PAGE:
Ben Ryan steps down as England Sevens coach
August 4, 2013
Ben Ryan has been in the job for over six years © Getty Images
The Rugby Football Union has announced Ben Ryan is to step down as England Sevens coach.
Reports in the Rugby Paper claimed Ryan was going to be asked to re-apply for his post as England boss after an indifferent season. But the announcement on Sunday morning brings to an end Ryan's six year association with the England Sevens team.
During his tenure, the team has undergone a huge change with Ryan bringing in central contracts for the bulk of the senior Sevens squad. The team has also experienced huge success and while an IRB Sevens World Series has evaded them, he led them to third-place finishes in 2008, 2011 and 2012.
In total, Ryan has guided the Sevens side through 56 tournaments in the IRB Series and reached the semi-finals or better on 28 occasions. He also took them to the 2013 World Cup final.
"I'm proud of what England Sevens has achieved in the last six years but I have decided that it is right for me and my career progress that I move on and let someone new take the side forward," Ryan said. "I've loved working as England Sevens head coach and enjoyed every minute in a time of dramatic change for the sport and the squad.
"In 2007 I met one player for the first time at the airport heading for a tournament; six years later we have a full-time England squad operating to the highest professional standards.
"We've been the leading Northern Hemisphere side throughout that period and we've recorded some great tournament victories - including eight individual wins over New Zealand - as well as reaching a World Cup final for the first time in 20 years. Eleven of our players have gone on to play for England at senior level in that time.
"As a coach your goal is always to leave something in better shape to pass on to the next generation and I believe that's been achieved."
RFU CEO Ian Ritchie paid tribute to Ryan, saying: "Ben deserves a tremendous vote of thanks for all his efforts while in charge of the England Sevens team. He has made an important contribution both to England and to the development of the sport globally during a period of great change following its inclusion in the 2016 Olympics.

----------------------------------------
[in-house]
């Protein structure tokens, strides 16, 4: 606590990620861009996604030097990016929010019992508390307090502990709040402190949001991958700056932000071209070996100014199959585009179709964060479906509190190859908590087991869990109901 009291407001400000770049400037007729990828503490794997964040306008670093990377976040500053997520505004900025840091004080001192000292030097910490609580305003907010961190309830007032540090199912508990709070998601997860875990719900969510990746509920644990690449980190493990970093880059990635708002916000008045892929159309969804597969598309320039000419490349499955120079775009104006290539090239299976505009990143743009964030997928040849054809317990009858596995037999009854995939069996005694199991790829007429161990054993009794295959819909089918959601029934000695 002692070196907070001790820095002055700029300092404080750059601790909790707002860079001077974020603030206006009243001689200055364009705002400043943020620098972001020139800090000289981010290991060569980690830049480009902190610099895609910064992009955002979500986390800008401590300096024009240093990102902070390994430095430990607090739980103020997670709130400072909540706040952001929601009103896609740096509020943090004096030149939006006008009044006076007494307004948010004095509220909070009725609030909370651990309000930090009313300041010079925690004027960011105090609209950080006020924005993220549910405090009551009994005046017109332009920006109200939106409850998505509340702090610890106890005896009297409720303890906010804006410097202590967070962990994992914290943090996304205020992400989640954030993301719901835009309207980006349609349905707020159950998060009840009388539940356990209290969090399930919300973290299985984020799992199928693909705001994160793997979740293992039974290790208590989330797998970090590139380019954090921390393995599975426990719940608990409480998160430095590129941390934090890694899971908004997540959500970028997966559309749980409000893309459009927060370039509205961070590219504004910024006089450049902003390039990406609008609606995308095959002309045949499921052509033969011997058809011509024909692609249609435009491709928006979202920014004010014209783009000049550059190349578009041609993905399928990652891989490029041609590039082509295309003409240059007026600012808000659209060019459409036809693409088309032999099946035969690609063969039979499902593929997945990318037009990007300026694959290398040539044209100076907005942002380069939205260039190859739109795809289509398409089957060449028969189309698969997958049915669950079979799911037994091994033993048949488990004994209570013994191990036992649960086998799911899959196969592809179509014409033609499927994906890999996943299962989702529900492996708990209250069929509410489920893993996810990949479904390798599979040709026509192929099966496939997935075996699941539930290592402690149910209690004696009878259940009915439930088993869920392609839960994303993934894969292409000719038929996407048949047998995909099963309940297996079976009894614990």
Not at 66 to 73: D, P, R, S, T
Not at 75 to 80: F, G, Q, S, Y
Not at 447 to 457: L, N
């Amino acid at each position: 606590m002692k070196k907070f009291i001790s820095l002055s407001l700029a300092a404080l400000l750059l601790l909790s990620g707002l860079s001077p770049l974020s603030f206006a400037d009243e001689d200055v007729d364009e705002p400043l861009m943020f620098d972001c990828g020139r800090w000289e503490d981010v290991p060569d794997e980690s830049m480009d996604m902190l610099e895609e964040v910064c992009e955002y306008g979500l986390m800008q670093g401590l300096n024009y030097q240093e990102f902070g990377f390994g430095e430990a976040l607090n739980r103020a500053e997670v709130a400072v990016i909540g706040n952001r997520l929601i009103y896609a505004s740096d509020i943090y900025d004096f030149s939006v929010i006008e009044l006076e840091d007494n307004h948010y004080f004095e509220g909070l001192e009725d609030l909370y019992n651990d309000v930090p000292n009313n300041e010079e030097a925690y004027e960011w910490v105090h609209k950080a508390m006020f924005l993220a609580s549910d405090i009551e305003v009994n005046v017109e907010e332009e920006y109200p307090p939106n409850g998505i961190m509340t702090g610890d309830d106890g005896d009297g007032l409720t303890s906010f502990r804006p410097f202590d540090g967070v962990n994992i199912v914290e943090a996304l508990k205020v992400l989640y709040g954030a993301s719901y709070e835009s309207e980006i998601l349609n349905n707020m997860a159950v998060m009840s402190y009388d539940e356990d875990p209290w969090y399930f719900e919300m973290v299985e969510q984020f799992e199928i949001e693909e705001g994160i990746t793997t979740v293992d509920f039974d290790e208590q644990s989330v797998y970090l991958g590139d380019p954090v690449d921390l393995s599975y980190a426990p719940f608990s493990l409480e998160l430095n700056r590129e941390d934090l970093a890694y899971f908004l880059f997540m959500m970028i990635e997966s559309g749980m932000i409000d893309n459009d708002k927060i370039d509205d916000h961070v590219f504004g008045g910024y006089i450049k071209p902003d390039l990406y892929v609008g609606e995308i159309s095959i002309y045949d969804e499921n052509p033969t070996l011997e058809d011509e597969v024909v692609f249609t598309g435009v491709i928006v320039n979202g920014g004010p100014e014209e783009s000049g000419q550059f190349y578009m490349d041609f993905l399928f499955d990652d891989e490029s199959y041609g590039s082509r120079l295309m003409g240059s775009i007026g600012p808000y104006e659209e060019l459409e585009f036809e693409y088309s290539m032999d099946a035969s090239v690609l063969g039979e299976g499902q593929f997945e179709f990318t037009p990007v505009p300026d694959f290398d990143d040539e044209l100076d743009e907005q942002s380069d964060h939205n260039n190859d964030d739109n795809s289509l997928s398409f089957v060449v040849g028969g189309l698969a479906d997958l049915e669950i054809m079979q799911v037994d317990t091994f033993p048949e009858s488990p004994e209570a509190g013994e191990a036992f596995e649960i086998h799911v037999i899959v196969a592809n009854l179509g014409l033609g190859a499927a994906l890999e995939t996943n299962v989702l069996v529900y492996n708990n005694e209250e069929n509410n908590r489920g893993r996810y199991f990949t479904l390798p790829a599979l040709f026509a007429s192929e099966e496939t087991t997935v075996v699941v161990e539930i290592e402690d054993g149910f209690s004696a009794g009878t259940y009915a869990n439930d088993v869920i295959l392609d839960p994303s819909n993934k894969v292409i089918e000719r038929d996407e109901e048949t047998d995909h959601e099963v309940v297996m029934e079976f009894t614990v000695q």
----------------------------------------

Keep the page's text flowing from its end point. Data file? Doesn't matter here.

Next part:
"He will leave firm foundations in place and a full-time squad who will be ambitious to make an impact next season in the HSBC Sevens World Series and at the Commonwealth Games in Glasgow."
England enjoy their triumph in Dubai in 2011 © Getty Images
England coach Stuart Lancaster has also worked closely with Ryan in the past and he too passed on his best wishes. Lancaster said: "Ben's made a major impact on and off the field in developing our sevens programme and making sure the team achieves high standards in international competition.
"He's a first class coach who has helped his players fulfil their potential and many of them have benefited from his guidance on the way to senior international honours. I'm sure he will go on to achieve more great things and wish him all the best for his future career."
Ryan will aid the transition into the new season of sevens and the RFU has also confirmed that it is recruiting for an assistant coach to work alongside the new boss with Russell Earnshaw stepping down from his post within the Sevens coaching team.
© ESPN Sports Media Ltd
Firdose Moonda talks to Rob Louw about the difficulties of being a South African touring New Zealand at the height of Apartheid
Huw Richards profiles French forward Walter Spanghero, a man who even rugby's hard men thought was a tough nut
"To be part of the Commonwealth Games, I'd wear anything. I'd wear a clown suit." Tom Hamilton talks to Scotland's Sean Lamont
Scrum Sevens looks back at how rugby has fared in both the early Olympics and the past four Commonwealth Games